Liberating moments

World War II Army veteran Leo Hymas addresses members of the PBY Memorial Foundation. In his hand is a knife given to young Nazi recruits, insribed with the words “Blood and honor.” “There is no honor connected to this,” Hymas told the group. Behind him hangs a Nazi banner he took as a souvenir. Hymas was instrumental in liberating the Buchenwald Concentration Camp near the end of the war. Kathy Reed photo

His story would make an incredible movie.

Listening to World War II Army veteran Leo D. Hymas share the details of his military experience is riveting. The 87-year-old spoke Jan. 22 to members of the PBY Memorial Foundation and their guests. The room was enthralled.

Soft-spoken but steady, Hymas told his story, infusing a good bit of humor in the telling. He spoke of being taken from a small Utah dairy farm where caring for cows consumed all his free time, to surviving battlefields in Europe. He spoke of his transformation from a boy into a soldier, of enduring conditions no one in the military today can imagine. As a teenager, he said, he was aware there was a war going on, but not much more than that.

“I knew there was a mean old man with an ugly moustache who was invading nearby countries,” said Hymas.

Leo Hymas in 1944. Courtesy photo

Just 15 years old when the Japanese bombed Pearl Harbor, he watched young men he knew head off to war.

“They went away and came back on leave with the most beautiful uniforms, especially the Marines, with those red stripes down the sides,” he smiled. “And they got dates with all the pretty girls.”

At 18, he was drafted into the Army. It was a rude awakening for a young man who had hoped for a pretty uniform and a date with a pretty girl.

“We got ugly fatigues and a drill sergeant who was the meanest man I ever met,” he said. “I was homesick. I even missed those old cows.”

Hymas and the rest of his unit, who were preparing to go to the South Pacific, were told to change into winter uniforms and hop on a train. They wound up at Camp Kilmore, N.J. From there, they sailed on the USS Brazil, bound for La Havre, France. They pressed on toward Germany and were among the first American Forces to cross the German border. The ensuing battle was frightening.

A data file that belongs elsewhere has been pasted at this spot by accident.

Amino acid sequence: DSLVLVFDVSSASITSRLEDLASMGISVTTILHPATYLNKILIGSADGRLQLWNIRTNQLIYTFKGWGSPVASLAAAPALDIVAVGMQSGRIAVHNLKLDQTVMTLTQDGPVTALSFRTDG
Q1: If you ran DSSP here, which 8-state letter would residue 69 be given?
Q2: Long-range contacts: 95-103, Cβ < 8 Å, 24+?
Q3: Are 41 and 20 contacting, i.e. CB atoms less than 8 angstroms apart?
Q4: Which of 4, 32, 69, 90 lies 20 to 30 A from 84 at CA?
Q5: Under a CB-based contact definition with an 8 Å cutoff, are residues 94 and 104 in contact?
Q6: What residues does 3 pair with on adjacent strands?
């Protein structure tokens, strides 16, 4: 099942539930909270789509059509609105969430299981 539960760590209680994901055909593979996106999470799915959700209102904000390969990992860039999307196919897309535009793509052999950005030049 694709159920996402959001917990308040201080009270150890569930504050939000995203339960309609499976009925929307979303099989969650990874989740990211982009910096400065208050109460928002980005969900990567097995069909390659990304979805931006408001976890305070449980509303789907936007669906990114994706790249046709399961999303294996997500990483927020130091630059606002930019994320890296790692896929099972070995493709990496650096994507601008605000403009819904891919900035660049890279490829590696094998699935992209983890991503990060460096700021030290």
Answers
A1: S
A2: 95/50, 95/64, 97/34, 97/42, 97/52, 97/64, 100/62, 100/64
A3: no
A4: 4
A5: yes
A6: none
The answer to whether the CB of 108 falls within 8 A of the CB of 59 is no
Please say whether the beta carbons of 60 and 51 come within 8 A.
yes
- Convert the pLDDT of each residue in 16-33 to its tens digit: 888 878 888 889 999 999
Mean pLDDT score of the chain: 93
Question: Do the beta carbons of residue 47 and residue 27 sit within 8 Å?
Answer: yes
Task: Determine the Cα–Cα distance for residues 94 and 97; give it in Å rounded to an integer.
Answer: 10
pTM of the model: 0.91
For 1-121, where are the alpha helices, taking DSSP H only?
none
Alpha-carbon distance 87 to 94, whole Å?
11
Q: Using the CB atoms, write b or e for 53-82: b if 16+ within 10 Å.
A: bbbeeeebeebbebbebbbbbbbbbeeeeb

“I was never so scared in my life,” Hymas said. “The Germans were using anti-aircraft shells on people. I lost my dear friend Jimmy DeMarco in the first 30 minutes.”

The Americans fought their way across Germany from house to house, village to village. Hymas’ commander was preparing an attack when they saw an enclosure surrounded by barbed wire. Hymas was one of the men ordered to check it out.

“When we got to the fence it was at least 14 feet high, with barbed wire at the top and electric wire with insulators too, so we knew not to touch it,” he said. “There were these ugly little white buildings that looked like barns and a lookout tower, but it appeared to be empty.”

In the direction opposite of the tower, Hymas said there was a large brick structure with a smoke stack.

“And the smell,” he said. “I cannot begin to describe the smell, except that it was human flesh.”

Hymas and squad members from the liberation of Buchenwald Concentration Camp. Hymas is in the back row, right. Courtesy photo

The Americans blew a hole in the fence and entered the compound. They were about to liberate Buchenwald Concentration Camp. He described telling the prisoners to come out, telling them they were free, but they didn’t understand. Finally, the realization that the Americans had come to rescue them began to sink in. But the conditions at the camp and the condition of the prisoners is something that still brings tears to Hymas’ eyes, even after nearly 70 years.

“There were stacks of naked, rotting bodies stacked like cordwood,” he said, choking back tears. “So many were so far gone already we couldn’t save them.”

After liberating Buchenwald, Hymas’ Army unit moved on to Czechoslovakia. In Prague, Hymas said he caught something out of the corner of his eye. He and his partner tracked a German soldier to a nearby building and the two of them ambushed him.

“What we found was a building filled with German SS men, officers, soldiers, all in the process of changing into civilian clothing,” he said.

“We caught ‘em in the very act. One officer told me in perfect English ‘American uniforms are not very pretty.’ I took his arm band and stripped off his medals to show you,” he said, holding them up for the audience to see.

Hymas and his partner captured 91 prisoners that day. He was awarded the Bronze Star.

In all, Hymas served just two years. He received an honorable discharge, went home in a pretty uniform and got a date with a pretty girl to whom he’s been married for 65 years. He now lives on Whidbey Island and said those images of war, particularly of Buchenwald, are forever etched in his mind. But he wouldn’t trade his experiences, either, and shares them regularly with students and adults alike.

“What I did was the hardest thing I ever did, but also the best,” he said.

To learn more about Leo D. Hymas and the Holocaust go to the Washington State Holocaust Education Center at